To donate: Go to AZFamily.com, text PCW20 to 26989 or purchase a Paul’s Wash at Any Super Star Car Wash, where 50% goes to Big Brothers Big Sisters.
Story by Lana Sweeten-Shults
Photos by David Kadlubowski
GCU News Bureau
The mud-spackled Ford F-150s and lightly dusted Toyota Priuses might not have been there, but the Grand Canyon University machine of Spirit Teams was gathered nonetheless, revving up the excitement level for one of GCU's favorite community events, Paul’s Pay It Forward Car Wash.
Any other year, the University’s men’s and women’s basketball teams, coaches and staffers, GCU Cheer and Dance, the Thundering Heard Pep Band and, of course, Thunder, would load up a bus or two and head to Desert Ridge Marketplace in North Phoenix to lend a hand at the weeklong fundraiser. It’s where they would take over a car-washing shift and help CBS 5 chief meteorologist Paul Horton raise money for Big Brothers Big Sisters of Central Arizona.
Last year, in three hours, countless sudsy bubbles and more than 150 cars were sent on their way, clean as a whistle.
But like most events these days, the organizers of Paul’s Car Wash had to gingerly navigate around the coronavirus pandemic.
What would normally be a high-energy few hours of washing cars in an electrified atmosphere that only GCU could create, turned instead into a most welcome, masked, socially distant visit by Horton to the campus to accept a $7,500 donation for Big Brothers Big Sisters.
Horton hit the road with a camera crew and visited several Paul’s Car Wash supporters, including GCU, for pre-filmed segments being aired Tuesday through Friday.
GCU's check presentation will air at 5:45 p.m. Tuesday on 3TV and CBS 5. Some Spirit Team members and the GCU-wrapped bus will be at the broadcast location -- Super Star Car Wash, 2970 N. Arizona Ave., in Chandler. It's where GCU employees are invited to stop by and get a "Paul's Wash," with 50% of proceeds going to Big Brothers Big Sisters.
“It’s a lot different, but we’ve done this for 13 years now, and just being able to go visit people and interview them at their location instead of at the car wash is great,” Horton said after accepting the donation from GCU recently.
Horton and crew planned to visit about 25 sites before this week's virtual event.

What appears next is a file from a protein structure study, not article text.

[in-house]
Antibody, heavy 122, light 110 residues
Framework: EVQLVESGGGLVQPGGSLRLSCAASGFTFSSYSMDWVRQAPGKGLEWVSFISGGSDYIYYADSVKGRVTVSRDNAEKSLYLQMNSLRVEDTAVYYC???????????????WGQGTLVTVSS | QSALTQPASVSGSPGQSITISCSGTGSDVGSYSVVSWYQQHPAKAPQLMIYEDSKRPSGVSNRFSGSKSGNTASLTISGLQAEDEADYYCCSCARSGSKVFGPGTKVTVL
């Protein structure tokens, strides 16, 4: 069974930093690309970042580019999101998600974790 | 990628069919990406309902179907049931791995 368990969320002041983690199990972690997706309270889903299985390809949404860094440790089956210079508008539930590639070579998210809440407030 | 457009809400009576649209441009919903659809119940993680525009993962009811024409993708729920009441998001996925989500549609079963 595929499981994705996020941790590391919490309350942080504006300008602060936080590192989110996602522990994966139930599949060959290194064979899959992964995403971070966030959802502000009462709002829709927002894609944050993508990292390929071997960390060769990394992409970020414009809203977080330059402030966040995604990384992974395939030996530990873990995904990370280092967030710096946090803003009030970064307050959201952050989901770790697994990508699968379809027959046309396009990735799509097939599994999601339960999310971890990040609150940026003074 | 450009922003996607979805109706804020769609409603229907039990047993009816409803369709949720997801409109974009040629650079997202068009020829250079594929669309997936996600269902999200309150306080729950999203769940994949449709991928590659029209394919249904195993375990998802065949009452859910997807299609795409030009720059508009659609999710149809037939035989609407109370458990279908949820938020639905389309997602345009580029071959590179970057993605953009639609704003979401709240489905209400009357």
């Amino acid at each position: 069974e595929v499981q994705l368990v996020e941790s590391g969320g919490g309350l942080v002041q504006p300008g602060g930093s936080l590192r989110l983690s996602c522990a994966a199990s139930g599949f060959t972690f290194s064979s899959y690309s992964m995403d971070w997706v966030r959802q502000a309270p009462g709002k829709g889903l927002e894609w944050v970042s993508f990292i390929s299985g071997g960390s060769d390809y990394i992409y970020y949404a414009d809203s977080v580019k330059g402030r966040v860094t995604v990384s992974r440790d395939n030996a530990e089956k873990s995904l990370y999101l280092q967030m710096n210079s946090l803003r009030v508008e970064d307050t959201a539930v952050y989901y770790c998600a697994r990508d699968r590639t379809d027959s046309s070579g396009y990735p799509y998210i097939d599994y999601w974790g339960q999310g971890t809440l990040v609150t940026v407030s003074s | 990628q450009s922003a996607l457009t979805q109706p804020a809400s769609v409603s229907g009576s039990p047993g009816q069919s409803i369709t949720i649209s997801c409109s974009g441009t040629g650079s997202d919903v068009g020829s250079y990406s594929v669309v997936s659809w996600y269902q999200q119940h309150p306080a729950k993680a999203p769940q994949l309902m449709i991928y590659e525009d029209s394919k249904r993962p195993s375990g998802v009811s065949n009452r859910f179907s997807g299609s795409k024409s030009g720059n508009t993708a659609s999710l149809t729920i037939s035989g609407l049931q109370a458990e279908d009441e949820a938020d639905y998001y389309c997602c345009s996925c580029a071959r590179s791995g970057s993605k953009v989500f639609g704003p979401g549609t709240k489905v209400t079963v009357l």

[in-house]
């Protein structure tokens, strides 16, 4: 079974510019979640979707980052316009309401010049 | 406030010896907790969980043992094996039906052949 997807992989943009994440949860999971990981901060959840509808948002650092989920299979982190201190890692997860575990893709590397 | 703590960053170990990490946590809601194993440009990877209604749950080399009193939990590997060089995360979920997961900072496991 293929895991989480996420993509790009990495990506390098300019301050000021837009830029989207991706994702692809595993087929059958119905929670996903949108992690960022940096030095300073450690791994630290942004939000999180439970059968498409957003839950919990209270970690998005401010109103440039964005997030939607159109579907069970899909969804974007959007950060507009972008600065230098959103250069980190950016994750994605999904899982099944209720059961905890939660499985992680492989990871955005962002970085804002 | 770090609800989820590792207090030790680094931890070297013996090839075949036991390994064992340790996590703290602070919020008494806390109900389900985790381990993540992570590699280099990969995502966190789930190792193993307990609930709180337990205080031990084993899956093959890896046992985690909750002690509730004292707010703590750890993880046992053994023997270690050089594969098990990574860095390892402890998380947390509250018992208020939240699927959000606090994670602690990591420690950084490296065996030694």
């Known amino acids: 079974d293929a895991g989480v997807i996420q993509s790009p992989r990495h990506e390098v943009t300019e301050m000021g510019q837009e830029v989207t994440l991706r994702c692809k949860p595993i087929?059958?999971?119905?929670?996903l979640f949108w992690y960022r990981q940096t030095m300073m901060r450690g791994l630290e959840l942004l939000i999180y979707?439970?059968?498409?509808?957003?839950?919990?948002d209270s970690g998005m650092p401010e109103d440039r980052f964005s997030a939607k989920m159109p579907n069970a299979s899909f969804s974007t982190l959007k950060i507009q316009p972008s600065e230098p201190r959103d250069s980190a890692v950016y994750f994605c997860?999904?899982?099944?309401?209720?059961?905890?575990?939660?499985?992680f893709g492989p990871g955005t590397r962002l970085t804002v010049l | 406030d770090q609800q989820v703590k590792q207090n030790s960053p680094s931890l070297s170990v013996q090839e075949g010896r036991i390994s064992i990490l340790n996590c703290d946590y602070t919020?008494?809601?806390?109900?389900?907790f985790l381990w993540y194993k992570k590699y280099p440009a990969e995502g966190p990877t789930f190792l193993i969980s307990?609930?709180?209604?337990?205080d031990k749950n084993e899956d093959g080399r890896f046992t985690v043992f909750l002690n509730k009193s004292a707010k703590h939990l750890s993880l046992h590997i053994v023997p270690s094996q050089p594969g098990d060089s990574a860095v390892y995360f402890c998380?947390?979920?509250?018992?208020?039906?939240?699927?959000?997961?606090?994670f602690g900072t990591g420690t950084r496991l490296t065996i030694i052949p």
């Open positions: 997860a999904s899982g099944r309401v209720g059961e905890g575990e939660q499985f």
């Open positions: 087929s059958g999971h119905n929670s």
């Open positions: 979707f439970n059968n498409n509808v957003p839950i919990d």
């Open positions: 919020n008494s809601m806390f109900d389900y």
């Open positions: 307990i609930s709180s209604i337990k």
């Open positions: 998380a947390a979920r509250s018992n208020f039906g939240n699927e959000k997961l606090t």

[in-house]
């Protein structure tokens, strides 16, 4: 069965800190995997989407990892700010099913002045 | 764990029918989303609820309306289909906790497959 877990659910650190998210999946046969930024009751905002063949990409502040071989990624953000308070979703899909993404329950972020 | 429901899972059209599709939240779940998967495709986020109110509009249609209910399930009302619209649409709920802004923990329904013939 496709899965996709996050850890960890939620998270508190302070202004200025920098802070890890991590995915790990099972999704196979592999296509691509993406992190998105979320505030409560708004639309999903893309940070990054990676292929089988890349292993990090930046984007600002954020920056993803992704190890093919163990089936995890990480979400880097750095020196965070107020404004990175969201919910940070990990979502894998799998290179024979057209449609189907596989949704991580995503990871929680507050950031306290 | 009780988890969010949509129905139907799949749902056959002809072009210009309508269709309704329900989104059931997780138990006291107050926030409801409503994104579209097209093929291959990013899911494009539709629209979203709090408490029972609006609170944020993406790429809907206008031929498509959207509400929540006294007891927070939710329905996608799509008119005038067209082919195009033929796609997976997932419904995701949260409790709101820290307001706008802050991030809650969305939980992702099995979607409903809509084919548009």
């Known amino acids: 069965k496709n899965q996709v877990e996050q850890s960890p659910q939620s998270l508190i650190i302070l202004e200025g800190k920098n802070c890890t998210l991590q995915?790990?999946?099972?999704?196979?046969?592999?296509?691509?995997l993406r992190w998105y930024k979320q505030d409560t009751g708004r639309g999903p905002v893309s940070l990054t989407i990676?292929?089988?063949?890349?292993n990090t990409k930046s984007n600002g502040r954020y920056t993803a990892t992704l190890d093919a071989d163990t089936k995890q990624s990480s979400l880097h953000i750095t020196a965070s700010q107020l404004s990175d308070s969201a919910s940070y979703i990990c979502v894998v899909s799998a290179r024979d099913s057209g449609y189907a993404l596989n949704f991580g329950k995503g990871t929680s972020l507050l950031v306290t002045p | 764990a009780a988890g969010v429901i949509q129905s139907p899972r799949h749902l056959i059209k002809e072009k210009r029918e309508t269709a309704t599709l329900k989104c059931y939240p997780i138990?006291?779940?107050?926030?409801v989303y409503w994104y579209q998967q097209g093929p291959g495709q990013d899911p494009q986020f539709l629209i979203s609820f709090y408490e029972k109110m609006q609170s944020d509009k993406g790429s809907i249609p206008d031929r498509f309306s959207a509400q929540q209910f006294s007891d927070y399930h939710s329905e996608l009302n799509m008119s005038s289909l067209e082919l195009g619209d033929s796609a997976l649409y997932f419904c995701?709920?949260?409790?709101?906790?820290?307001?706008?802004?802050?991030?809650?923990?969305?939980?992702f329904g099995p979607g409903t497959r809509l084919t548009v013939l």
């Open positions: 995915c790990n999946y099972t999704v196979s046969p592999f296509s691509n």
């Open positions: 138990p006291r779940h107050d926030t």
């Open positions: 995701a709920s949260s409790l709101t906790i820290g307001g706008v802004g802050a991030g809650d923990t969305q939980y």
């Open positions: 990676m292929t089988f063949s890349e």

Not that Horton’s visit was a quiet one.
In true GCU fashion, the Spirit teams took over the GCU Arena patio. The raucous Thundering Heard Pep Band blasted Gary Glitter’s “Rock and Roll Part 2 (The Hey Song).” Cheer and Thunder hyped up the atmosphere, too, and new women’s basketball coach Molly Miller helped present the check along with Dr. Joe Veres, Vice President of Student Success.
“The spectacle of the event, we wanted to do what we could to re-create that here on campus in the midst of COVID. … We’re just trying to re-create that Purple Pre-Game Party,” said Community Relations Manager Debbie Accomazzo, who quickly pulled together the GCU family to make Horton’s visit a spectacular one.
Horton started the car wash 13 years ago. He was part of Big Brothers Big Sisters of Central Arizona’s board of directors and knew the organization’s struggles.
“They just needed a little help,” Horton said.
That little bit of help was the simple idea of a car wash, which has gone from raising $6,000 in its first year to more than $250,000 last year.
GCU always has felt a kinship with Big Brothers Big Sisters, one of its community partners.
“Big Brothers Big Sisters -- it absolutely celebrates the mission of mentorship. … It’s a strong voice for advocacy,” Accomazzo said of the organization, which pairs adult volunteers, called “Bigs,” with youth ages 6-18 who could use a mentor.
Beyond GCU's financial support, “we are investing much more deeply in that relationship,” said Accomazzo.
“We’ve always invested into Big Brothers Big Sisters, and even during this time, where it’s become a little bit difficult with the coronavirus, we didn’t want to back away,” said Veres. “We wanted to extend further.”
Veres has been invaluable in developing the University’s Learning Lounge, where K-12 students in the neighborhood receive free academic support from campus scholars. GCU wants to share those academic resources with Big Brothers Big Sisters.
The University, which touts more than 85,000 online students who are studying remotely, has the infrastructure in place when it comes to virtual education, something its own students benefited from during the pandemic.
And then there’s the biggest resource of all, Veres said – GCU’s scholars, who are well-versed in helping K-12 students with their studies.
“We’re able to support Big Brothers Big Sisters in some of their programs to offer academic assistance virtually,” Veres said. “We know it’s difficult with students being online or remote all day in school. Now they need more support than ever, and GCU is stepping up to help that way, with academic support virtually.”
A simple car wash, a big mission, a shared vision, a love of community, plus, “We like to go out and make a ruckus,” Accomazzo said with a smile, cars or not.
GCU senior writer Lana Sweeten-Shults can be reached at [email protected] or at 602-639-7901.
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